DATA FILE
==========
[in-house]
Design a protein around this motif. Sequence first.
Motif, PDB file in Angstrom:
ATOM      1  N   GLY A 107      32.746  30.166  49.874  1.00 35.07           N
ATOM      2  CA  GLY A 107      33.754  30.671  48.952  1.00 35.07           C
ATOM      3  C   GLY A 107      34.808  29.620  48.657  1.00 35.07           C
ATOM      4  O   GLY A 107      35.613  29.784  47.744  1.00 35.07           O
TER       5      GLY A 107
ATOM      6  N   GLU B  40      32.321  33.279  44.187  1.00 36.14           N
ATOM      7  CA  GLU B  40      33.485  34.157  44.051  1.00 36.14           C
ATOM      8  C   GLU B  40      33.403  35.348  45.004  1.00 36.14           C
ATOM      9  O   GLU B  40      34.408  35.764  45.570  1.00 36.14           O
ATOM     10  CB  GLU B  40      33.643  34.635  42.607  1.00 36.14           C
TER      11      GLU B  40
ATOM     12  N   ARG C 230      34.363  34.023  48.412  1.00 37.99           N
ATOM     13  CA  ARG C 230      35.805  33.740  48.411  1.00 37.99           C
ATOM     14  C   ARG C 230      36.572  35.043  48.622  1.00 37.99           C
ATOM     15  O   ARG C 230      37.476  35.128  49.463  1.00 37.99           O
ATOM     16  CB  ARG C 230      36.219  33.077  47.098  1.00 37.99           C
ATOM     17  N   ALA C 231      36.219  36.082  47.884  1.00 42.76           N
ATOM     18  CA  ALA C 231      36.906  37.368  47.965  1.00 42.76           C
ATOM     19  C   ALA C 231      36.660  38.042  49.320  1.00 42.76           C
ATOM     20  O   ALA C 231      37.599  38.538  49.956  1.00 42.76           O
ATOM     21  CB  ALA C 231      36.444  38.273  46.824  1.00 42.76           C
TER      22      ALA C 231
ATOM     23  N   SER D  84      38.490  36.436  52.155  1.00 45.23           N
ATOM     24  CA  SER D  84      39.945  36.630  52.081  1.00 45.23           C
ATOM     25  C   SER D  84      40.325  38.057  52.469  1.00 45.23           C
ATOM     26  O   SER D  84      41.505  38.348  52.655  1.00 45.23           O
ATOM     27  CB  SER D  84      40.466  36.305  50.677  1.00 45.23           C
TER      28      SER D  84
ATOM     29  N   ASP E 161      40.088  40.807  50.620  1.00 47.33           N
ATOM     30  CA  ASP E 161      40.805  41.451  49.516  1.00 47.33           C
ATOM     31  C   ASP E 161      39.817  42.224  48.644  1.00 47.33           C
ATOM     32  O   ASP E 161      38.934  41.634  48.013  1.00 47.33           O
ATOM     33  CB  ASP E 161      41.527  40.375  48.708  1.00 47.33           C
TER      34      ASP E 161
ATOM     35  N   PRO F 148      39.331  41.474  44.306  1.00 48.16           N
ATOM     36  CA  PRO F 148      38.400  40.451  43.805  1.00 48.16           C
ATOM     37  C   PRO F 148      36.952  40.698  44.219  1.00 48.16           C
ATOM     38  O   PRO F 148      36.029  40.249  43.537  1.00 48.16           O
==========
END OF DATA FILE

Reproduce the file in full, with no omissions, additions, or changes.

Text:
[in-house]
Design a protein around this motif. Sequence first.
Motif, PDB file in Angstrom:
ATOM      1  N   GLY A 107      32.746  30.166  49.874  1.00 35.07           N
ATOM      2  CA  GLY A 107      33.754  30.671  48.952  1.00 35.07           C
ATOM      3  C   GLY A 107      34.808  29.620  48.657  1.00 35.07           C
ATOM      4  O   GLY A 107      35.613  29.784  47.744  1.00 35.07           O
TER       5      GLY A 107
ATOM      6  N   GLU B  40      32.321  33.279  44.187  1.00 36.14           N
ATOM      7  CA  GLU B  40      33.485  34.157  44.051  1.00 36.14           C
ATOM      8  C   GLU B  40      33.403  35.348  45.004  1.00 36.14           C
ATOM      9  O   GLU B  40      34.408  35.764  45.570  1.00 36.14           O
ATOM     10  CB  GLU B  40      33.643  34.635  42.607  1.00 36.14           C
TER      11      GLU B  40
ATOM     12  N   ARG C 230      34.363  34.023  48.412  1.00 37.99           N
ATOM     13  CA  ARG C 230      35.805  33.740  48.411  1.00 37.99           C
ATOM     14  C   ARG C 230      36.572  35.043  48.622  1.00 37.99           C
ATOM     15  O   ARG C 230      37.476  35.128  49.463  1.00 37.99           O
ATOM     16  CB  ARG C 230      36.219  33.077  47.098  1.00 37.99           C
ATOM     17  N   ALA C 231      36.219  36.082  47.884  1.00 42.76           N
ATOM     18  CA  ALA C 231      36.906  37.368  47.965  1.00 42.76           C
ATOM     19  C   ALA C 231      36.660  38.042  49.320  1.00 42.76           C
ATOM     20  O   ALA C 231      37.599  38.538  49.956  1.00 42.76           O
ATOM     21  CB  ALA C 231      36.444  38.273  46.824  1.00 42.76           C
TER      22      ALA C 231
ATOM     23  N   SER D  84      38.490  36.436  52.155  1.00 45.23           N
ATOM     24  CA  SER D  84      39.945  36.630  52.081  1.00 45.23           C
ATOM     25  C   SER D  84      40.325  38.057  52.469  1.00 45.23           C
ATOM     26  O   SER D  84      41.505  38.348  52.655  1.00 45.23           O
ATOM     27  CB  SER D  84      40.466  36.305  50.677  1.00 45.23           C
TER      28      SER D  84
ATOM     29  N   ASP E 161      40.088  40.807  50.620  1.00 47.33           N
ATOM     30  CA  ASP E 161      40.805  41.451  49.516  1.00 47.33           C
ATOM     31  C   ASP E 161      39.817  42.224  48.644  1.00 47.33           C
ATOM     32  O   ASP E 161      38.934  41.634  48.013  1.00 47.33           O
ATOM     33  CB  ASP E 161      41.527  40.375  48.708  1.00 47.33           C
TER      34      ASP E 161
ATOM     35  N   PRO F 148      39.331  41.474  44.306  1.00 48.16           N
ATOM     36  CA  PRO F 148      38.400  40.451  43.805  1.00 48.16           C
ATOM     37  C   PRO F 148      36.952  40.698  44.219  1.00 48.16           C
ATOM     38  O   PRO F 148      36.029  40.249  43.537  1.00 48.16           O